Though her ‘Chaleur Humaine’ era has long since drawn to a close, expect even more live innovation this time around. “There’s going to be females and males, if that means anything now,” Chris told Beats1, speaking about her plans for the upcoming tour and her dancing entourage. “Strong women on stage with me, ambiguous men and strong men at the same time, and they all have a character. I chose them like I would choose for a movie.”
The whole of LP 2 will have a cinematic slant
Christine and The Queens’ letter-covered, collage visuals over the last few months have nodded clearly in the direction of French New Wave films; think along the lines of Jean Luc-Godard’s cult classic Breathless. The mischievous, larger-than-life characters that pepper the genre will also feature on the new record, it seems. Chris is clearly a fan of arty French films (she previously posted a still from another Godard film, Pierrot le Fou, on her Instagram account) and it looks like LP2 will be channelling some serious movie inspiration.
“The second album is very much about cinema, to me,” she told Beats1. Apparently the record will borrow from movie icons, too. “Leonardo DiCaprio in Romeo & Juliet [is a] interesting figure,” she said, “tiny, mafioso and interesting. I kind of wanted to steal the energy of some male characters and use it for myself. I like to steal things from men basically.”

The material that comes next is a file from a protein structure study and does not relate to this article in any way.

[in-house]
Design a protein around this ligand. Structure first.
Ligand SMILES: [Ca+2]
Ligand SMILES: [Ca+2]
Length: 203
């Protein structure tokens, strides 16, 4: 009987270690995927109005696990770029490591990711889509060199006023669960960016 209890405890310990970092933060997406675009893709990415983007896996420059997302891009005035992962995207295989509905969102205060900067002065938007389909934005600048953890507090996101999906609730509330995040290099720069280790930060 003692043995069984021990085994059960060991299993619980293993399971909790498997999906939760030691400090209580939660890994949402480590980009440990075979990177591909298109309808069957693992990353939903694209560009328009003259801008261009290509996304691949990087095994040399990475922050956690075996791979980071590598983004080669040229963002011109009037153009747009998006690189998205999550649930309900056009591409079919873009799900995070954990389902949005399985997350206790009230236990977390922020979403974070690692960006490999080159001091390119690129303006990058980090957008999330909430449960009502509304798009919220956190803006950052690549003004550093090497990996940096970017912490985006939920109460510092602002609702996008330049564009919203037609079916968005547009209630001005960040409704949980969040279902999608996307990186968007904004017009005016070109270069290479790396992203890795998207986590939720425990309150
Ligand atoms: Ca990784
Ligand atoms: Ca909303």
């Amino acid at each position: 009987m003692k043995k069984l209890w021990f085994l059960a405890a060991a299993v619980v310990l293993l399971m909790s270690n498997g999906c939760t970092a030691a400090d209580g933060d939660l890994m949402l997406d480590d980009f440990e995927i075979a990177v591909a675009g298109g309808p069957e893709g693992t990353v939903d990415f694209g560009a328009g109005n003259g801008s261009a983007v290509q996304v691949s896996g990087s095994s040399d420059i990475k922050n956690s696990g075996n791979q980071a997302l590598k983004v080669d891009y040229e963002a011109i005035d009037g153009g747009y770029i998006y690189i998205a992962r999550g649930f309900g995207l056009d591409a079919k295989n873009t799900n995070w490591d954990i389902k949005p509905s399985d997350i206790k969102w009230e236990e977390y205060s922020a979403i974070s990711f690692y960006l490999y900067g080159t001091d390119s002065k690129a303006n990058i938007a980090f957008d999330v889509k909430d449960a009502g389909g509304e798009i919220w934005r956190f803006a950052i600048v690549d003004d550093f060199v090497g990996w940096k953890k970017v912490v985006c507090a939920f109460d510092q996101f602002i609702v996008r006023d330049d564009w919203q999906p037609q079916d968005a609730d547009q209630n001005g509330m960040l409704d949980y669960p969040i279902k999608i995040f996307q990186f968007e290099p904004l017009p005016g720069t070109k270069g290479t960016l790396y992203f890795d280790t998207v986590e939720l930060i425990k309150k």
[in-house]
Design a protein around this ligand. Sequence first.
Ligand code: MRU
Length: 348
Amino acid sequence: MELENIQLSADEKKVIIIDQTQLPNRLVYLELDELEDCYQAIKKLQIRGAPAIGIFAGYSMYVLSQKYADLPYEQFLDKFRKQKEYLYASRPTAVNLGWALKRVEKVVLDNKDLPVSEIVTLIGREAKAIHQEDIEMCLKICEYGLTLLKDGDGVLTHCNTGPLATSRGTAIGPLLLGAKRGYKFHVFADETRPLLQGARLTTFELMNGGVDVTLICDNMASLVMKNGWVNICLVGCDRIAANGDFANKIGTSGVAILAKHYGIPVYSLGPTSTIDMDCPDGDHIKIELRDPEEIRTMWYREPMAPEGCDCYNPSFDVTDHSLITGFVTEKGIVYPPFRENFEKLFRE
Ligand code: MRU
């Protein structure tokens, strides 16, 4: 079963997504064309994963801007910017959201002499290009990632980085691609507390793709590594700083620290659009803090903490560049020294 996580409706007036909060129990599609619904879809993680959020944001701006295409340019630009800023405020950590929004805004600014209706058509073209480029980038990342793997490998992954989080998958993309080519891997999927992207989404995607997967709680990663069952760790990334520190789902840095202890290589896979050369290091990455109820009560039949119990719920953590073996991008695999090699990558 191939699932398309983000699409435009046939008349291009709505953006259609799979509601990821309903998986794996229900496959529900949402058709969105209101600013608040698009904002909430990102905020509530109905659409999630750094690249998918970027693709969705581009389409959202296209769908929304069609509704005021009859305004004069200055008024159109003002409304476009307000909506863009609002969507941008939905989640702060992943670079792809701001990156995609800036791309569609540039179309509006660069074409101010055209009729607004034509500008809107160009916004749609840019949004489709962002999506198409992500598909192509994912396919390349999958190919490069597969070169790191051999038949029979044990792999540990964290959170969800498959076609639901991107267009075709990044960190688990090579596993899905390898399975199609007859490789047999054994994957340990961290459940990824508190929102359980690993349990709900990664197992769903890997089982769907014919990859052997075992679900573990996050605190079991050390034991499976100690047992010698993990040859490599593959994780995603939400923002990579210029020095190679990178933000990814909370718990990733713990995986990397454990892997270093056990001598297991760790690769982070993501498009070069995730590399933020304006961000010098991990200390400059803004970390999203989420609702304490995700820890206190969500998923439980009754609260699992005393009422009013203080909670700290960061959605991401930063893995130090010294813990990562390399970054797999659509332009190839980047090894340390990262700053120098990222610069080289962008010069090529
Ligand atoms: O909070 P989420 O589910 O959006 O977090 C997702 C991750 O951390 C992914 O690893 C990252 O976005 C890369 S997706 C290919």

So, who on earth is Chris, then?
In teasing her return, Christine and The Queens took a drastic move, crossing out most of her name. Chris marks the start of a “totally new chapter,” she said. “It’s interesting, the process of striking something out,” she added ”It’s perverting something, but you don’t make it disappear.”
“I guess I like to be called Chris more and more because it’s kind of evolving,” she explained of the new persona. “I’m back and I’m evolving. It’s about making the character evolve in a way that feels to me that it fits more well with where I’m at now. And Chris feels more like a nickname, like something that is more confident and exposed and I do feel like the new sounds are going to be very much about that.”
The new album is set to be ‘creepy and sexy’
While Christine and The Queen’s debut album ‘Chaleur Humaine’ explores the constrictions around being a young woman in a world filled with gender biases, the follow-up will go down the route of completely subverting stereotypes instead. Sexuality on LP2 looks set to be bolder, braver, and far more confident, too.
“I’m going to redefine what it means to be sexy, and it’s going to be creepy as hell,” she told NME in 2016. “I could never do the ‘sexy’ way of being sexy. The first album was a coming-of-age album – I don’t like the phrase, but when you listen to it you can tell I was having a hard time, that I wasn’t socially relating to people. Since then, things have happened to me, including sexual experiences. I’ve experienced being properly lost in my desires and it’s really influenced my writing. I’m obsessed with the lusting female figure in pop music: I don’t know why George Michael should be able to sing ‘I Want Your Sex’ and I can’t, because I do. I want their sex as well, you know?”